Extracts from wikipedia:

* The concept of schizophrenia as a result of civilization has been developed further by psychologist Julian Jaynes in his 1976 book The Origin of Consciousness in the Breakdown of the Bicameral Mind; he proposed that until the beginning of historic times, schizophrenia or a similar condition was the normal state of human consciousness. This would take the form of a "bicameral mind" where a normal state of low affect, suitable for routine activities, would be interrupted in moments of crisis by "mysterious voices" giving instructions, which early people characterized as interventions from the gods. [Source page]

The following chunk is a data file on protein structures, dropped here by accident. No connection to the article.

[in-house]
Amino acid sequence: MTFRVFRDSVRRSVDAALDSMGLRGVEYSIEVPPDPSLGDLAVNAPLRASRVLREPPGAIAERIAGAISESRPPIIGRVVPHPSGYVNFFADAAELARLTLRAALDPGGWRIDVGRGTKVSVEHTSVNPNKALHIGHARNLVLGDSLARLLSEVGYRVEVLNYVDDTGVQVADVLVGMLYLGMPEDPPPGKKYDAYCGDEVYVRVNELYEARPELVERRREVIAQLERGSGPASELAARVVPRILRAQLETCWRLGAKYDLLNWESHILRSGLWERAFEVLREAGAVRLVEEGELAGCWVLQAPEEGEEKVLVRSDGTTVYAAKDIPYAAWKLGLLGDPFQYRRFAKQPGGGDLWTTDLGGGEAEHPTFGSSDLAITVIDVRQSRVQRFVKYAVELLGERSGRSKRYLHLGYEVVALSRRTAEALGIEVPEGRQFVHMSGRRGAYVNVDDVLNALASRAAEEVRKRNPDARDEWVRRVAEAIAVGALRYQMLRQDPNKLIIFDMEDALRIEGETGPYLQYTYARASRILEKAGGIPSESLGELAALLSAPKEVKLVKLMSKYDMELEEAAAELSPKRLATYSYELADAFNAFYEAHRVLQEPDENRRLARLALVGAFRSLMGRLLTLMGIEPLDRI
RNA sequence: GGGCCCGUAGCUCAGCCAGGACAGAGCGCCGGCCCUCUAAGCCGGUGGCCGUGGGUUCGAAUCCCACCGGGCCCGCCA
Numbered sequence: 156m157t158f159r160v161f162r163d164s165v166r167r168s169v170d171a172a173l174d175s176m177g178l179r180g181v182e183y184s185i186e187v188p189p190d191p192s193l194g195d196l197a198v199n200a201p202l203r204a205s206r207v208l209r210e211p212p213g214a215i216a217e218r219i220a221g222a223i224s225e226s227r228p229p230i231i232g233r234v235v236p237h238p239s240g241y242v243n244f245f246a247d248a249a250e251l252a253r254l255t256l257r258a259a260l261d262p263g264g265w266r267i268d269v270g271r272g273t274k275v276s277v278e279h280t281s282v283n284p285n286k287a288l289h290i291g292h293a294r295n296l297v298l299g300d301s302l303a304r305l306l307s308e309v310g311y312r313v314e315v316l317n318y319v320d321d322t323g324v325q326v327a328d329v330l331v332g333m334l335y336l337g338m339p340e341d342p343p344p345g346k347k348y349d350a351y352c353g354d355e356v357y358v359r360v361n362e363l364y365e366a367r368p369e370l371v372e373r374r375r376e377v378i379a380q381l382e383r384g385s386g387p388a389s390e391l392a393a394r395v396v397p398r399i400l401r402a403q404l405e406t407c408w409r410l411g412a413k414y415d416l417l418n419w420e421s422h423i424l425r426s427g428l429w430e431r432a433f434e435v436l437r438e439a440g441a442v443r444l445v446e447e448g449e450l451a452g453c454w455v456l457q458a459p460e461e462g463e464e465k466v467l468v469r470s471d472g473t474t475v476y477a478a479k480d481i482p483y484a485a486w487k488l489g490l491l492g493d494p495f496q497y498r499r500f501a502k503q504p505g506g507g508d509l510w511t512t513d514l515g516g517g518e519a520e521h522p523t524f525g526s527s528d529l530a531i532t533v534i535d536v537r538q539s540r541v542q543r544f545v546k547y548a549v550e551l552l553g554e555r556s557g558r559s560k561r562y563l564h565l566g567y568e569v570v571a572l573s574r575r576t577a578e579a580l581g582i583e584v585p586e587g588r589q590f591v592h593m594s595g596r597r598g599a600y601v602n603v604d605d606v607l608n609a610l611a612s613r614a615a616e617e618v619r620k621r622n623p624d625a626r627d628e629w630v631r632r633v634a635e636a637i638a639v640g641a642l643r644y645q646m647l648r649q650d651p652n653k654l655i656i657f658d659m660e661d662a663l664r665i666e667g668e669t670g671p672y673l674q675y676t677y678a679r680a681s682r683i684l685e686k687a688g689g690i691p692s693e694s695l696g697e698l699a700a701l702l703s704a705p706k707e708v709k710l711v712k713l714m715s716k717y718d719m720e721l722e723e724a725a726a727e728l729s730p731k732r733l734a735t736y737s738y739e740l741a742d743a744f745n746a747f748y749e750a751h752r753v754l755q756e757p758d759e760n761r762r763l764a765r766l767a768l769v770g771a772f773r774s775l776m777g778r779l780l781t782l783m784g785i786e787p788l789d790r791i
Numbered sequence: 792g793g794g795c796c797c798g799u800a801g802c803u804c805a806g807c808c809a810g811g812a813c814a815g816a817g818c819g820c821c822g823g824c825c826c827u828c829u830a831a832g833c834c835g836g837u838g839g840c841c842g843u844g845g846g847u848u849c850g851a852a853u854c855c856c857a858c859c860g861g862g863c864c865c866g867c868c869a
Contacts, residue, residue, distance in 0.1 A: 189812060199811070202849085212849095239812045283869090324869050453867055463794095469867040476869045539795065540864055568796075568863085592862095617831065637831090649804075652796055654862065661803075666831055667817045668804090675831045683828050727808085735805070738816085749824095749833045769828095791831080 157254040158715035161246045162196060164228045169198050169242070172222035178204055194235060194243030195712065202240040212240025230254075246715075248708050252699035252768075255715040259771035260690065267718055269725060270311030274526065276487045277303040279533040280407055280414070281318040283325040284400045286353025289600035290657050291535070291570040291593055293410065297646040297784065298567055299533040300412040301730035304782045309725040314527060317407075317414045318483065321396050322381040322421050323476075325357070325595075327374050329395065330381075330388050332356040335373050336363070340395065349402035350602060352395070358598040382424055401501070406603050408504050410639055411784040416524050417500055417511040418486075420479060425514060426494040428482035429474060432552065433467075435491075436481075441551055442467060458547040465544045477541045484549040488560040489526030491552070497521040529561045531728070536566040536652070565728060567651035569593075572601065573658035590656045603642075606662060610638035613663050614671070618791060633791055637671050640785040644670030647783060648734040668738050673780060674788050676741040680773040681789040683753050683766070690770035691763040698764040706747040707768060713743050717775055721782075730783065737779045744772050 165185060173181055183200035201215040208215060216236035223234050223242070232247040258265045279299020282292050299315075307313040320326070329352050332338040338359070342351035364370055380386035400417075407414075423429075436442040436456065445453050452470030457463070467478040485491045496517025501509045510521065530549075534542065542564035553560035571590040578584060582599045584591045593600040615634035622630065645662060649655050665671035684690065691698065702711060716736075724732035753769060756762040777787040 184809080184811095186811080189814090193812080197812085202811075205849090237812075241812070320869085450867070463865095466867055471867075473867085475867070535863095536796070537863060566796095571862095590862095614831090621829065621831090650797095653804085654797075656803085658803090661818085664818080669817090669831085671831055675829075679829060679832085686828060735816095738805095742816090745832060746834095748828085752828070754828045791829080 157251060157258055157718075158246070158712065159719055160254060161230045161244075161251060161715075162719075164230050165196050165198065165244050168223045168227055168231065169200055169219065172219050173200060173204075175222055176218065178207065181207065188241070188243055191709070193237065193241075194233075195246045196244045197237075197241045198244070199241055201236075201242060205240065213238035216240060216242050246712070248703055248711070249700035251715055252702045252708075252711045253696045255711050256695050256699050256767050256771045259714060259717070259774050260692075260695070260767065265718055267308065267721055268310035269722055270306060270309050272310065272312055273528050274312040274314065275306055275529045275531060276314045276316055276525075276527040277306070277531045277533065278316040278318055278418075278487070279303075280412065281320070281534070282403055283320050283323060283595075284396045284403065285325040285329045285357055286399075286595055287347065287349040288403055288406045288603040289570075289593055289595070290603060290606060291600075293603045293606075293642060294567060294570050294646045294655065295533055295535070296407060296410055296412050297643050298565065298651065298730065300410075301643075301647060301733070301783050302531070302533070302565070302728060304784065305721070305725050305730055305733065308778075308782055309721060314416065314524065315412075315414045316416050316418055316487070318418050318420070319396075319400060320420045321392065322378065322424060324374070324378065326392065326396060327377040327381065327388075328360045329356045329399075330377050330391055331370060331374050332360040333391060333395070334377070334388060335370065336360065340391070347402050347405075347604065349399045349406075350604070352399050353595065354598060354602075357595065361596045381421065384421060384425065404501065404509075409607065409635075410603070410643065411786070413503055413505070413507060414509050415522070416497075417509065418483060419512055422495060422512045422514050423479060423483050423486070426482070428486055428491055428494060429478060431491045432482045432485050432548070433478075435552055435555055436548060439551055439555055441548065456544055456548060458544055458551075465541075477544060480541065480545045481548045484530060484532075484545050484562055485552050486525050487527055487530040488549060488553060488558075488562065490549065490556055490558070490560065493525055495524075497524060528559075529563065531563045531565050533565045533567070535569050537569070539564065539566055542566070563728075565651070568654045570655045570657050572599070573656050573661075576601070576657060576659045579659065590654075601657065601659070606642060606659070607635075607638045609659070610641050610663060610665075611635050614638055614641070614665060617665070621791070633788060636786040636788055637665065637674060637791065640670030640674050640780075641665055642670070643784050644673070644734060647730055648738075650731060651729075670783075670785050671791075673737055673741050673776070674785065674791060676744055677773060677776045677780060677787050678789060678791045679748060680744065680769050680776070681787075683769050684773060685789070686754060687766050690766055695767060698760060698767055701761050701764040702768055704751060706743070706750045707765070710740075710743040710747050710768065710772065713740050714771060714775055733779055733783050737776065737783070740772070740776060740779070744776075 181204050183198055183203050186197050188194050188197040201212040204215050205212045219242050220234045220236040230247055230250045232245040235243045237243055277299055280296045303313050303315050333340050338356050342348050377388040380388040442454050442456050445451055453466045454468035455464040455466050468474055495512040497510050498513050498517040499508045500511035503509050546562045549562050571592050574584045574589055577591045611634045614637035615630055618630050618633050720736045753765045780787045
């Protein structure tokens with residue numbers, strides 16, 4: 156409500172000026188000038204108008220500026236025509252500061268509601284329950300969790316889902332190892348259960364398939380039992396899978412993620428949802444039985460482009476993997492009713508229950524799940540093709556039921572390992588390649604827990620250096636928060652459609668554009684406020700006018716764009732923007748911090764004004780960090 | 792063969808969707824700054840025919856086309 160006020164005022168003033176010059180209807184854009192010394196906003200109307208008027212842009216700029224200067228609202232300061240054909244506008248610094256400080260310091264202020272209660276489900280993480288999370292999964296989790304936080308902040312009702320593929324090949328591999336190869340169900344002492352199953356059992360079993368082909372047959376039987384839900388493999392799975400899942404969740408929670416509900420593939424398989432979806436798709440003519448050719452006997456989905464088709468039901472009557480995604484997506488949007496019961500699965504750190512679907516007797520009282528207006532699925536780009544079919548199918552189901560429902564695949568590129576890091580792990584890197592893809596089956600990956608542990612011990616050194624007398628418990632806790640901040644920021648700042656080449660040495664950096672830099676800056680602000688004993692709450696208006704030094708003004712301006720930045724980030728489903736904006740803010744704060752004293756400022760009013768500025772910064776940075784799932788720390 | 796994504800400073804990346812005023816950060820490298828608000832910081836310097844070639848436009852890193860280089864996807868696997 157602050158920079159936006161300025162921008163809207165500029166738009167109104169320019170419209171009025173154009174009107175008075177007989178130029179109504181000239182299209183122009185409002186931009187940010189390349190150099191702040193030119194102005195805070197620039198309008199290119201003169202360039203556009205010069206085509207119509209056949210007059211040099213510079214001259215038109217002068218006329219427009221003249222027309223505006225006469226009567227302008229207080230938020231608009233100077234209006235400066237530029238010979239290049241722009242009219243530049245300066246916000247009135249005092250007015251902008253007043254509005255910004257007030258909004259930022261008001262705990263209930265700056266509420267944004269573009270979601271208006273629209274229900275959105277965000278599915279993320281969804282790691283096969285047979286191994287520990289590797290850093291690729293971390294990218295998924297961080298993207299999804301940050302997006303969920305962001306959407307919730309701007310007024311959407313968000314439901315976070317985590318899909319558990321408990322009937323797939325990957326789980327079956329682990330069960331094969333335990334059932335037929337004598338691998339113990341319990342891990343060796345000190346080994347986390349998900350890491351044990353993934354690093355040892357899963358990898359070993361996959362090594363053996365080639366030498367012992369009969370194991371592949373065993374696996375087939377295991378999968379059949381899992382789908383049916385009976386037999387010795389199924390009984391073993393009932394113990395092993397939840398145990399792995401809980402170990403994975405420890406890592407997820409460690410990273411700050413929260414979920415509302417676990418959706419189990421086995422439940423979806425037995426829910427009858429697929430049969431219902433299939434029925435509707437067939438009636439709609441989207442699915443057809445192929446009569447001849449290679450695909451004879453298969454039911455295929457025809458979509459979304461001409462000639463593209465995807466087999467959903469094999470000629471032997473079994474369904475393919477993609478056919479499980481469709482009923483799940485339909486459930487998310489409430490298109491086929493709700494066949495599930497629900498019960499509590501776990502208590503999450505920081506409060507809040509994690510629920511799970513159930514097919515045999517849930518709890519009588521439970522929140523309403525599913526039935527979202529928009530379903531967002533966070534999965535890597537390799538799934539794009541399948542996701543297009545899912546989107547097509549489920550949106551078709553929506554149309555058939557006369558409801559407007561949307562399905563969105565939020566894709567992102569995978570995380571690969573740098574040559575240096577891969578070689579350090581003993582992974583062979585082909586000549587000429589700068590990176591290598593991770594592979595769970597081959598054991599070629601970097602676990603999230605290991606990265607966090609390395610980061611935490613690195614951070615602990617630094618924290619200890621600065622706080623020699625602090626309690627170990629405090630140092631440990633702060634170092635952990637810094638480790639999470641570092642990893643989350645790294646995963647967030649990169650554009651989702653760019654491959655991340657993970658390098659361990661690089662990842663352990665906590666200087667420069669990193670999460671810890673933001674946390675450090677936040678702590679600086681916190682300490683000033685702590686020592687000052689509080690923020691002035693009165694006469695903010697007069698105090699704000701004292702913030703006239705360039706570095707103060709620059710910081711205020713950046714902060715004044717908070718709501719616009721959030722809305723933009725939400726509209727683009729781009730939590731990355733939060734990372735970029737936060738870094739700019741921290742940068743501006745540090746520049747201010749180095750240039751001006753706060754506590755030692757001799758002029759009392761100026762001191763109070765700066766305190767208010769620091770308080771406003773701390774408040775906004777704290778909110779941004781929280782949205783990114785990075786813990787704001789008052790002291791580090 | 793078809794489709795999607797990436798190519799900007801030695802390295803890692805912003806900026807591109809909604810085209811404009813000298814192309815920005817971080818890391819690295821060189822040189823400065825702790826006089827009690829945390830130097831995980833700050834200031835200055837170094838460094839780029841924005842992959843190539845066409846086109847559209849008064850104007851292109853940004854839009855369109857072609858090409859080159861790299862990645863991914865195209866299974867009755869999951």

* According to Jaynes, ancient people in the bicameral state would experience the world in a manner that has similarities to that of a modern-day schizophrenic. Rather than making conscious evaluations in novel or unexpected situations, the person would hallucinate a voice or "god" giving admonitory advice or commands, and obey these voices without question; one would not be at all conscious of one's own thought processes per se. Others have argued that this state of mind is recreated in members of cults. In his 1976 work The Origin of Consciousness in the Breakdown of the Bicameral Mind, Julian Jaynes proposed that human brains existed in a bicameral state until as recently as 3000 years ago.... Jaynes argued that the bicameral individual was guided by mental commands believed to be issued by external "gods"—the commands which were so often recorded in ancient myths, legends and historical accounts; these commands were however emanating from individuals' own minds....